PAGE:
Edit

As stated in the comments, you can use other approaches on when to start the algorithm, such as when the player change a tile, or the tiles having an am I modified? variable that, if true, start the algorithm. However, you must be careful with this approach:

  • What if a tile that is part of the room, but not a tile that your character is at, is modified? Maybe the tile was changed by other player, or an environment event, or the life-time of the tile ended. Your character will be unaware of the modification and won't execute the algorithm to detect the updated room, an error-prone situation.

You could implement some sort of approach to detect these modifications on tiles that your character is not at, but executing the algorithm on intervals is the simplest approach, and less error-prone. Just make sure to not execute flood-fill on every frame.

End of edit

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    \$\begingroup\$ Why not flood-fill only among "player-placed block" tiles? This could prevent or reduce infinite flood-fill in open areas (as long as caves/mansions aren't filled with "player-placed blocks"). \$\endgroup\$ – jimbo1qaz Jul 24 '18 at 4:51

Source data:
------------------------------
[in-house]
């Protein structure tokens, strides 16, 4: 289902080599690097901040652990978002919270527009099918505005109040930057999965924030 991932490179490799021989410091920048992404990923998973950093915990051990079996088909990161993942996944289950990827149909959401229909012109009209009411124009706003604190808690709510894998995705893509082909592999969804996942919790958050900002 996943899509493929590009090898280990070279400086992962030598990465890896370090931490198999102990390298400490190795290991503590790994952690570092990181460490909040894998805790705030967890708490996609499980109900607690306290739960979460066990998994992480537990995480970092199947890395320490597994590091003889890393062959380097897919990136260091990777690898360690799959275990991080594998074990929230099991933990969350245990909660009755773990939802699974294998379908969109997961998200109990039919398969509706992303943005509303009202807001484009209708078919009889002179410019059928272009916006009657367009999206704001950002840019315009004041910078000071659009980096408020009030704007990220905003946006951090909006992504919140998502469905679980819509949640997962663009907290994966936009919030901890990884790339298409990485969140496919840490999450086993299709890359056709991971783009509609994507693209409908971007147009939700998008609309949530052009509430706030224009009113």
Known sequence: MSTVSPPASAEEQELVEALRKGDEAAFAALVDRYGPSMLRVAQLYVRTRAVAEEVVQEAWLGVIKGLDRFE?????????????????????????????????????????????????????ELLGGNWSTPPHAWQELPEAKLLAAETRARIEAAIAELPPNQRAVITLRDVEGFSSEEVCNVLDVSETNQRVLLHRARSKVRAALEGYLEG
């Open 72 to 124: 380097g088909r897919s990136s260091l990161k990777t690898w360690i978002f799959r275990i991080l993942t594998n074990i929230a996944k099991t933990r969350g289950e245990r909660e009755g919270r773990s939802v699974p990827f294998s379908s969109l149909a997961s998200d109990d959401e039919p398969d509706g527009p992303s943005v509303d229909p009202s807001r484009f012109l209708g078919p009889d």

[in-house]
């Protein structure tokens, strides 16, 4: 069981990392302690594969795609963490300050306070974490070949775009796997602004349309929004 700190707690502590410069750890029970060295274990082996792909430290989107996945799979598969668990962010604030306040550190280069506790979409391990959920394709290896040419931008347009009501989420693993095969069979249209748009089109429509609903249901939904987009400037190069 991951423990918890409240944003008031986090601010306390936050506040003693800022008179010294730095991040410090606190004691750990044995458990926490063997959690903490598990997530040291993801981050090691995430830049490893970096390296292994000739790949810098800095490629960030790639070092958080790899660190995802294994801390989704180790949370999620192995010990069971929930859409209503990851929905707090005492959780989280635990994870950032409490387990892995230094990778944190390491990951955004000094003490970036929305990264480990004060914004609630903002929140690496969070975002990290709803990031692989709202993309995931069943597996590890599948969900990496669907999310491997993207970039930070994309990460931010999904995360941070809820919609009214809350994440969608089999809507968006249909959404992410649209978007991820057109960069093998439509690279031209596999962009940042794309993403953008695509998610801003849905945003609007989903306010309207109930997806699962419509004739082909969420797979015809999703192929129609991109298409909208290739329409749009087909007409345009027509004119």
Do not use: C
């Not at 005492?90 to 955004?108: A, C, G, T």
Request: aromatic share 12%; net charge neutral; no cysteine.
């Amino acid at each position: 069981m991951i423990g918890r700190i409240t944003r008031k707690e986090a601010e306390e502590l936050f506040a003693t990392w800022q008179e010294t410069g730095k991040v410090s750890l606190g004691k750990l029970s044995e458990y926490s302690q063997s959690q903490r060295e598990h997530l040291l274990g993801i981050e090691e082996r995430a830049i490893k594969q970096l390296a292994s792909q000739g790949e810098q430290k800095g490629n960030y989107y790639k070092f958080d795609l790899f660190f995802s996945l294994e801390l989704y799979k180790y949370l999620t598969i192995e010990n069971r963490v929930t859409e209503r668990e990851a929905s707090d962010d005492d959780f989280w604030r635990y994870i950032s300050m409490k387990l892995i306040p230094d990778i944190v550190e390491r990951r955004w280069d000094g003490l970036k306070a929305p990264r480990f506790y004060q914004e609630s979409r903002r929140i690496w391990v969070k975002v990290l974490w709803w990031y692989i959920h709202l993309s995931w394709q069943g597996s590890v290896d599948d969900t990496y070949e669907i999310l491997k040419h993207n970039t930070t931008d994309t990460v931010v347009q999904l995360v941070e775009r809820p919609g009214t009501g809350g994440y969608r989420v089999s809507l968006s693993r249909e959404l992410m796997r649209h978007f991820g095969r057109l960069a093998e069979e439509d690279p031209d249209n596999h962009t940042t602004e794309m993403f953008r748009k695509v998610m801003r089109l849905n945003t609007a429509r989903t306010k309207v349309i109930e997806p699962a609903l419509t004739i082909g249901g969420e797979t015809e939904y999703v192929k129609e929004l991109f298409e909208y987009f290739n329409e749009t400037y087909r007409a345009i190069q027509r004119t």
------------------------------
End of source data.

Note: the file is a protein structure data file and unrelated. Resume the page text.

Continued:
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    \$\begingroup\$ Why would you run this on a fixed interval? Surely you can just run it when a block is placed (or destroyed, if applicable, and both of those cases can probably be done in amortized constant time per block) or when loading a particular part of the map, and then store the result from there. \$\endgroup\$ – NotThatGuy Jul 24 '18 at 6:48
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    \$\begingroup\$ @immibis: I'm pretty sure that Terraria doesn't require you to change the floor. I also wouldn't expect a game to change it's room recognizing behavior based on who placed the tile. What if I e.g. build a room adjacent to a cliff? \$\endgroup\$ – Flater Jul 24 '18 at 10:05
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    \$\begingroup\$ Terraria requires one to put background walls and will not form a house with natural background dirt/rock. It really does check only player-placed blocks. \$\endgroup\$ – loa_in_ Jul 24 '18 at 10:17
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    \$\begingroup\$ To save CPU, I only would run the algorithm on block change and then store the state for each block. With this, it's a simple isRoom() \$\endgroup\$ – Herr Derb Jul 24 '18 at 11:07
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Like @Ferreira da Selva said, try the flood fill algorithm. Though, you can use a few different criteria when running the algorithm to determine whether it is enclosed.